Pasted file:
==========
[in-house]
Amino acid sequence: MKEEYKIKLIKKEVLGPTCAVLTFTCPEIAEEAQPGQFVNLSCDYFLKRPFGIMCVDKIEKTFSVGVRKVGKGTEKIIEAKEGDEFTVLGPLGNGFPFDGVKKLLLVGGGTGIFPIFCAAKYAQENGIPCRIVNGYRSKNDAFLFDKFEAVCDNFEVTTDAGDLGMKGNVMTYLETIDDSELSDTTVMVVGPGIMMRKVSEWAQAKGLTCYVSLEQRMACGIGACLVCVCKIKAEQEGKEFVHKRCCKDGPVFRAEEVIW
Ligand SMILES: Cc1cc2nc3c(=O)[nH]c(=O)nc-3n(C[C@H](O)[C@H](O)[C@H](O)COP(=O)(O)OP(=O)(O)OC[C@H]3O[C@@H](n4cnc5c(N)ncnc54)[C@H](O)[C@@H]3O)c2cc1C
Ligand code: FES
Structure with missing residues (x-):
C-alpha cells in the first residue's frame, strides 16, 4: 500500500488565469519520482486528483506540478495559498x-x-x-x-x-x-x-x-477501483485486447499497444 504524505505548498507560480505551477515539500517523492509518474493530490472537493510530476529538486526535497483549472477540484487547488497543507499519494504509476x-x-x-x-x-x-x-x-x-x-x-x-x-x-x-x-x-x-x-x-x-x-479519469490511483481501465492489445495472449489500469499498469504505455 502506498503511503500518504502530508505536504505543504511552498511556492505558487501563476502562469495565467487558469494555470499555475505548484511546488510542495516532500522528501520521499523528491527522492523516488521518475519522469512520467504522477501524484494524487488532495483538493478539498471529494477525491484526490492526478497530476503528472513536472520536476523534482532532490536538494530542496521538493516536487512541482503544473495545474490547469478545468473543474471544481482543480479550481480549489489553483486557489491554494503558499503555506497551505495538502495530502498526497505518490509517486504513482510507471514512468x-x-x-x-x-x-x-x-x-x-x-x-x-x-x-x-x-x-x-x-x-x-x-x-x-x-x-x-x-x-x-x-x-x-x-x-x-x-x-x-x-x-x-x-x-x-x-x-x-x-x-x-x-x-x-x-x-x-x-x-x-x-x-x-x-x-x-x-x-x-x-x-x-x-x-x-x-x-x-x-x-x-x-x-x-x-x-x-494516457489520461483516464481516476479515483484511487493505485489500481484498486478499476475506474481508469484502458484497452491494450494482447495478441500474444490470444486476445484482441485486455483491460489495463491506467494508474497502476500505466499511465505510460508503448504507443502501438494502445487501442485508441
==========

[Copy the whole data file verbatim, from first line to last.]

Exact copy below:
[in-house]
Amino acid sequence: MKEEYKIKLIKKEVLGPTCAVLTFTCPEIAEEAQPGQFVNLSCDYFLKRPFGIMCVDKIEKTFSVGVRKVGKGTEKIIEAKEGDEFTVLGPLGNGFPFDGVKKLLLVGGGTGIFPIFCAAKYAQENGIPCRIVNGYRSKNDAFLFDKFEAVCDNFEVTTDAGDLGMKGNVMTYLETIDDSELSDTTVMVVGPGIMMRKVSEWAQAKGLTCYVSLEQRMACGIGACLVCVCKIKAEQEGKEFVHKRCCKDGPVFRAEEVIW
Ligand SMILES: Cc1cc2nc3c(=O)[nH]c(=O)nc-3n(C[C@H](O)[C@H](O)[C@H](O)COP(=O)(O)OP(=O)(O)OC[C@H]3O[C@@H](n4cnc5c(N)ncnc54)[C@H](O)[C@@H]3O)c2cc1C
Ligand code: FES
Structure with missing residues (x-):
C-alpha cells in the first residue's frame, strides 16, 4: 500500500488565469519520482486528483506540478495559498x-x-x-x-x-x-x-x-477501483485486447499497444 504524505505548498507560480505551477515539500517523492509518474493530490472537493510530476529538486526535497483549472477540484487547488497543507499519494504509476x-x-x-x-x-x-x-x-x-x-x-x-x-x-x-x-x-x-x-x-x-x-479519469490511483481501465492489445495472449489500469499498469504505455 502506498503511503500518504502530508505536504505543504511552498511556492505558487501563476502562469495565467487558469494555470499555475505548484511546488510542495516532500522528501520521499523528491527522492523516488521518475519522469512520467504522477501524484494524487488532495483538493478539498471529494477525491484526490492526478497530476503528472513536472520536476523534482532532490536538494530542496521538493516536487512541482503544473495545474490547469478545468473543474471544481482543480479550481480549489489553483486557489491554494503558499503555506497551505495538502495530502498526497505518490509517486504513482510507471514512468x-x-x-x-x-x-x-x-x-x-x-x-x-x-x-x-x-x-x-x-x-x-x-x-x-x-x-x-x-x-x-x-x-x-x-x-x-x-x-x-x-x-x-x-x-x-x-x-x-x-x-x-x-x-x-x-x-x-x-x-x-x-x-x-x-x-x-x-x-x-x-x-x-x-x-x-x-x-x-x-x-x-x-x-x-x-x-x-494516457489520461483516464481516476479515483484511487493505485489500481484498486478499476475506474481508469484502458484497452491494450494482447495478441500474444490470444486476445484482441485486455483491460489495463491506467494508474497502476500505466499511465505510460508503448504507443502501438494502445487501442485508441